I love Lisa Graff. Her books, The Thing about Georgie and The Life and Crimes of Bernetta Wallflower, were instant hits with both my students and me when I read them aloud. Graff has such an understanding of whatever character she is writing about. As someone who tends to read books that are more character driven, I think Lisa Graff is amazing with her character development.
So, when I heard her latest book, Umbrella Summer, was out, I quickly ordered it and then waited impatiently, eagerly awaiting the delivery of this book. When it got here, I was busy preparing for two different book clubs, so I had to set it aside until I finished those preparations. Yesterday afternoon, though, I finally had some time alone, so I picked up Umbrella Summer, settled into the loveseat on my screened porch and began reading... Oh my gosh!!!!
The first thing that I was drawn to was the front cover of this book. I love the font that was used for the title, but better yet is the simple light blue background on which you see 2 legs in hot pink rainboots. The upper body is hidden by the most darling polka dot umbrella. At this point, I'm just loving the visual artistry. As I read the book, however, the symbolic artistry took my breath away.
In the first chapter, I learned some very important information about the main character, Annie. First, her brother Jared died in the past year, and the day that would have been his birthday is coming soon. Second, his dying has caused Annie to become incredibly worried about safety. Whenever she rides her bike, she wears elbow pads, knee pads, bike helmet (good idea), and Ace bandages for her ankles. That is in addition, to the other band-aids she has plastered all over her body. In fact, she wears all this even though she walks her bike down hills. The reader finds out a little later, Annie wears her bike helmet and Ace bandages when she's walking somewhere, even without her bike. We also find out that Annie loves reading a book that tells about all sorts of possible ailments -- their symptoms and how to remedy them.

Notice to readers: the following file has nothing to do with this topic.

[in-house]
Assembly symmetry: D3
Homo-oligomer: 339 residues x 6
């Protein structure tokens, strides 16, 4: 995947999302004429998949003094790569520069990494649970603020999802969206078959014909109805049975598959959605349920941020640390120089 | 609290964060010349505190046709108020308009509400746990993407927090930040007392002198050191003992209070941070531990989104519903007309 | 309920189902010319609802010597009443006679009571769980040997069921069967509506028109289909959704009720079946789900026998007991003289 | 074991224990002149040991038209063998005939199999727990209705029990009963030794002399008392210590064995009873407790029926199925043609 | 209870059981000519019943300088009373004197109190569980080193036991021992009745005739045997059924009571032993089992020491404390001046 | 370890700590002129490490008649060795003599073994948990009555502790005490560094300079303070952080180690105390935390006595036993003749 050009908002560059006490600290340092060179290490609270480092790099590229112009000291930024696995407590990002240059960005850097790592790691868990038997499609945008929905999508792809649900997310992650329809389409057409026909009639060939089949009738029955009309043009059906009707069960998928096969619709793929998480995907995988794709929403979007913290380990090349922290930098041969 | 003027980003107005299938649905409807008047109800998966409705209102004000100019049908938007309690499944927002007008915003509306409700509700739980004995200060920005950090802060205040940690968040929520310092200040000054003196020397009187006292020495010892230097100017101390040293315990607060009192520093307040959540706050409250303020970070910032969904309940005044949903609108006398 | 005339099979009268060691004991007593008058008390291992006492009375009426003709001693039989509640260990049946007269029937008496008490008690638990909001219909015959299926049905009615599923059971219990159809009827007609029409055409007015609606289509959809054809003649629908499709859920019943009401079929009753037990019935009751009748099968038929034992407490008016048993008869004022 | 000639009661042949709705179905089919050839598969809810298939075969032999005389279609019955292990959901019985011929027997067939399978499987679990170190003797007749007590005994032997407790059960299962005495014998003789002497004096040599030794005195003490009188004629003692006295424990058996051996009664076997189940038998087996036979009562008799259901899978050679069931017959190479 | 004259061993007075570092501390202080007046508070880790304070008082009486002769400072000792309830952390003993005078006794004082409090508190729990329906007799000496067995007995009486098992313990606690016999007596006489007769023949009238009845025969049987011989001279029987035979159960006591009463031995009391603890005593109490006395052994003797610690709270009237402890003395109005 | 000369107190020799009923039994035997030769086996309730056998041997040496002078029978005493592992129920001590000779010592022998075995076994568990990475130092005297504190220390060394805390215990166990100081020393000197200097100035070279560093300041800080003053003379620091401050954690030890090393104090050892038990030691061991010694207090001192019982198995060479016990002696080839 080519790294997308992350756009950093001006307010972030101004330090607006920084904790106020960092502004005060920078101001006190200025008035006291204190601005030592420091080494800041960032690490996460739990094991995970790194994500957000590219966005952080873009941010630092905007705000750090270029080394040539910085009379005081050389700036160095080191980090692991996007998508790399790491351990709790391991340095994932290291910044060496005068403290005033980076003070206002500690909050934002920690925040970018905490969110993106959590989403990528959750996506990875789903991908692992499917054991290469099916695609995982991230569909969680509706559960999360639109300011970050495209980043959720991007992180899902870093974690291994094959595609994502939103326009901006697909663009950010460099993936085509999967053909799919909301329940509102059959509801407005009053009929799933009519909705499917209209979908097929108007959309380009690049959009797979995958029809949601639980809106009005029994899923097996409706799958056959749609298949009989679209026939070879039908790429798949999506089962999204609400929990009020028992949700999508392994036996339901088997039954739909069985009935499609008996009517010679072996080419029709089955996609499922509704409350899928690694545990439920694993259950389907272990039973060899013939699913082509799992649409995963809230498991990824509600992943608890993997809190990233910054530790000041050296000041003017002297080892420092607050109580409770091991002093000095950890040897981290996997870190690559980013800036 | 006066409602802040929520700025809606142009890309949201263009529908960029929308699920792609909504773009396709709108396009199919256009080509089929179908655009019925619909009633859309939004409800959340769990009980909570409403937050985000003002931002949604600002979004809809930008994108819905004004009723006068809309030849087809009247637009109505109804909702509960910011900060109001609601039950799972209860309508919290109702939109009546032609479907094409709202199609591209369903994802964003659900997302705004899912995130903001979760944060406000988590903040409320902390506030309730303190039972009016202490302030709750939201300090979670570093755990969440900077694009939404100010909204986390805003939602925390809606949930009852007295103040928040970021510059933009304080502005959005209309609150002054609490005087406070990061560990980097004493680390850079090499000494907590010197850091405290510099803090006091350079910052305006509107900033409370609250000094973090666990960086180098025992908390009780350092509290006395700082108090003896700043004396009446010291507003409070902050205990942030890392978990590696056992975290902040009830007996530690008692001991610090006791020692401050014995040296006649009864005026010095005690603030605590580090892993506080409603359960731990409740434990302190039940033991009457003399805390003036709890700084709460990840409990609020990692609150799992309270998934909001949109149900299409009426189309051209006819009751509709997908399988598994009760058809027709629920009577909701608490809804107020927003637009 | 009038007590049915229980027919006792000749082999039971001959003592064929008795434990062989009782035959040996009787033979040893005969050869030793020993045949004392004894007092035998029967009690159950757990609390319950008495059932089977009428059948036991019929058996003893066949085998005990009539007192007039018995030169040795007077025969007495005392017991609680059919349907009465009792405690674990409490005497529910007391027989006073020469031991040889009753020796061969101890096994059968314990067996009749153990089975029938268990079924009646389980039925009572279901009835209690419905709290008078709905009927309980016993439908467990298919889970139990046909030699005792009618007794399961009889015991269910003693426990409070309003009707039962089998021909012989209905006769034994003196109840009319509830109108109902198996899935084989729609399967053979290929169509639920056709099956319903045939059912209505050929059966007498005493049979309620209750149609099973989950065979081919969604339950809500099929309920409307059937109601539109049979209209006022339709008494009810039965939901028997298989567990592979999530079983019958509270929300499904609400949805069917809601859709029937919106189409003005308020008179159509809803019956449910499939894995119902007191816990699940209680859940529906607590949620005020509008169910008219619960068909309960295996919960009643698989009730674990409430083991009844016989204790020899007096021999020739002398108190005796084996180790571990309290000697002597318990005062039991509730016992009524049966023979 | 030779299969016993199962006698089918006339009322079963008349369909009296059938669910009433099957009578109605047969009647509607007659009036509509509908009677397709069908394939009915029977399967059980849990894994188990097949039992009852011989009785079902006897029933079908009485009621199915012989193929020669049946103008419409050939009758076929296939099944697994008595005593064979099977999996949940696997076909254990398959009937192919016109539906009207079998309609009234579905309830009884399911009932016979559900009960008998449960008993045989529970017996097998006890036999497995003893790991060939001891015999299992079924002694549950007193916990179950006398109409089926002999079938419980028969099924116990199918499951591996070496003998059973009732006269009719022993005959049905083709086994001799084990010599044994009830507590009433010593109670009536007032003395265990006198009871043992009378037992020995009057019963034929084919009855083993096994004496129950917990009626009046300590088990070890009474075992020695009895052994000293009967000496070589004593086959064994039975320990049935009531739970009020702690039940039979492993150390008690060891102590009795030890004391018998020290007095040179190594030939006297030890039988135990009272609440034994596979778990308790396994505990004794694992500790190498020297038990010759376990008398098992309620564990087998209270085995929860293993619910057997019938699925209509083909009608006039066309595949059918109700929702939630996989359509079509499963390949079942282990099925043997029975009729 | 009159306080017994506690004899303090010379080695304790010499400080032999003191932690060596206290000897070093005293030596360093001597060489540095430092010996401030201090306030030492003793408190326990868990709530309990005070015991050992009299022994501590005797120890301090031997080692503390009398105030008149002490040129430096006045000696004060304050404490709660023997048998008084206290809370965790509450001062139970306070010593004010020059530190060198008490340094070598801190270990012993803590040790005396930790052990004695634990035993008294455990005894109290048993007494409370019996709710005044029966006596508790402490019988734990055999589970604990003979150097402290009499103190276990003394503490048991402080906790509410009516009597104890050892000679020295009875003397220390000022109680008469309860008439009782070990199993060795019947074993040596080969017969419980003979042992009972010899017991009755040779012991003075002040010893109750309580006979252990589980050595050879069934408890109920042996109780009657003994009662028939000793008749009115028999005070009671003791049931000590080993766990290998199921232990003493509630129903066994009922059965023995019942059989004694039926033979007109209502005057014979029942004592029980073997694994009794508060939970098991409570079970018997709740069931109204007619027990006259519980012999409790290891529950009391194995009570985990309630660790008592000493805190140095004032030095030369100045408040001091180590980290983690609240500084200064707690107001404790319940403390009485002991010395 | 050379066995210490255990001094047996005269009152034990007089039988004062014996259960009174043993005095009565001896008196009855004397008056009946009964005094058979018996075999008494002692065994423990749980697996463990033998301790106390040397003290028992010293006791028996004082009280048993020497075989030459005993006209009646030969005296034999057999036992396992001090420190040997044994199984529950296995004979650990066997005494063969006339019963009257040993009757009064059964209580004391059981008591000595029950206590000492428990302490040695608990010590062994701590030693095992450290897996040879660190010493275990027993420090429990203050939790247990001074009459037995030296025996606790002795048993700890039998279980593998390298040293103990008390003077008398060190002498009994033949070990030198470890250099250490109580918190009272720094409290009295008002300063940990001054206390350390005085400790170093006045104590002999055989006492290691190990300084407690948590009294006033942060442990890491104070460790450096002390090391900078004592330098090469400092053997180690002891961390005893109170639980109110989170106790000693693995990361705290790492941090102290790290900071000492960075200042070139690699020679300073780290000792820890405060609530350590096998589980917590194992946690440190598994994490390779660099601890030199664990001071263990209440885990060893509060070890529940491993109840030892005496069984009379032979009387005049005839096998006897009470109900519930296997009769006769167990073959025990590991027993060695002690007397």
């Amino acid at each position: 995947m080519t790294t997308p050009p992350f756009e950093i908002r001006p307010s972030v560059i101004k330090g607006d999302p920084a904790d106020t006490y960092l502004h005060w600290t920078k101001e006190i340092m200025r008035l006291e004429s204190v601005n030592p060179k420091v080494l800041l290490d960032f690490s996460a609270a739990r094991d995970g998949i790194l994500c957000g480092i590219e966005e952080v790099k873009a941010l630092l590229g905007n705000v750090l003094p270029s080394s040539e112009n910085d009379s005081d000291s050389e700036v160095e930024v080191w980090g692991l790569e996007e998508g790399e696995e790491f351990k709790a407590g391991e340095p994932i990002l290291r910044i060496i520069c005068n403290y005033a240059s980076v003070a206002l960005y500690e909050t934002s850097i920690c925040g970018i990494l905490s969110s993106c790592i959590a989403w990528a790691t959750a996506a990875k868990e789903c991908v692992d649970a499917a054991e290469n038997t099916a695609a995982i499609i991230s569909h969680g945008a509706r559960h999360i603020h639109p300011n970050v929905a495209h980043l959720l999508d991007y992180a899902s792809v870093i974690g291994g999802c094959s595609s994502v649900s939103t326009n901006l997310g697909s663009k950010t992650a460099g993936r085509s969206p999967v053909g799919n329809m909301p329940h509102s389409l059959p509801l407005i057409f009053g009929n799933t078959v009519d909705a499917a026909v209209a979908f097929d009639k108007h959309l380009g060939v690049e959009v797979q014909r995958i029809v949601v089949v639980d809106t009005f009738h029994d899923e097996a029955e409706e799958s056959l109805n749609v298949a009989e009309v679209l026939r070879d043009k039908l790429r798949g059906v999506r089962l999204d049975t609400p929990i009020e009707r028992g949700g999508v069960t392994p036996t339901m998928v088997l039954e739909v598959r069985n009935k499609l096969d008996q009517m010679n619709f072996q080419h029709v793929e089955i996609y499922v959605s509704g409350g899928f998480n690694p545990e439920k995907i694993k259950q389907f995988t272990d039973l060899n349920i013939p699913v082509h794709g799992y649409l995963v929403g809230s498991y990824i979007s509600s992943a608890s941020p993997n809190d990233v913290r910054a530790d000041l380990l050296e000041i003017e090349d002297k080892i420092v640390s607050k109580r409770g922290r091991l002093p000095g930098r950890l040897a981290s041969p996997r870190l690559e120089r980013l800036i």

Annie's family (mom and dad), best friend, neighbor (who is also her Junior Sunbird leader), an annoying boy acquaintance, Jared's best friend, and her new neighbor that just moved in across the street are all pivotal characters in this story as Annie tries to navigate through her grief. Each one plays such an important part in her healing.
I don't want to ruin the story for you. It is too delicious for you not to experience some of the events without any preconceived notions.
I will say that Umbrella Summer was a "wet" one for me because I needed numerous tissues to wipe away tears at one point -- I am an emotional reader, but Graff tugged at my heartstrings in multiple ways. The umbrella as an analogy for how to live our lives is a powerful one. I'm sure if I choose to read this aloud to next year's class (which I probably will), I will be modeling how good writing can affect people deeply and that tears might sometime happen.
Lisa Graff has now written three separate stories, each unique with their own characters, and all amazing!!! Umbrella Summer is a must-add book to anyone's collection!!! I can't wait to introduce this author to my students through read aloud, knowing that I also have two other amazing books by her to recommend to students afterward.
See Franki's (A Year of Reading) post about same book here.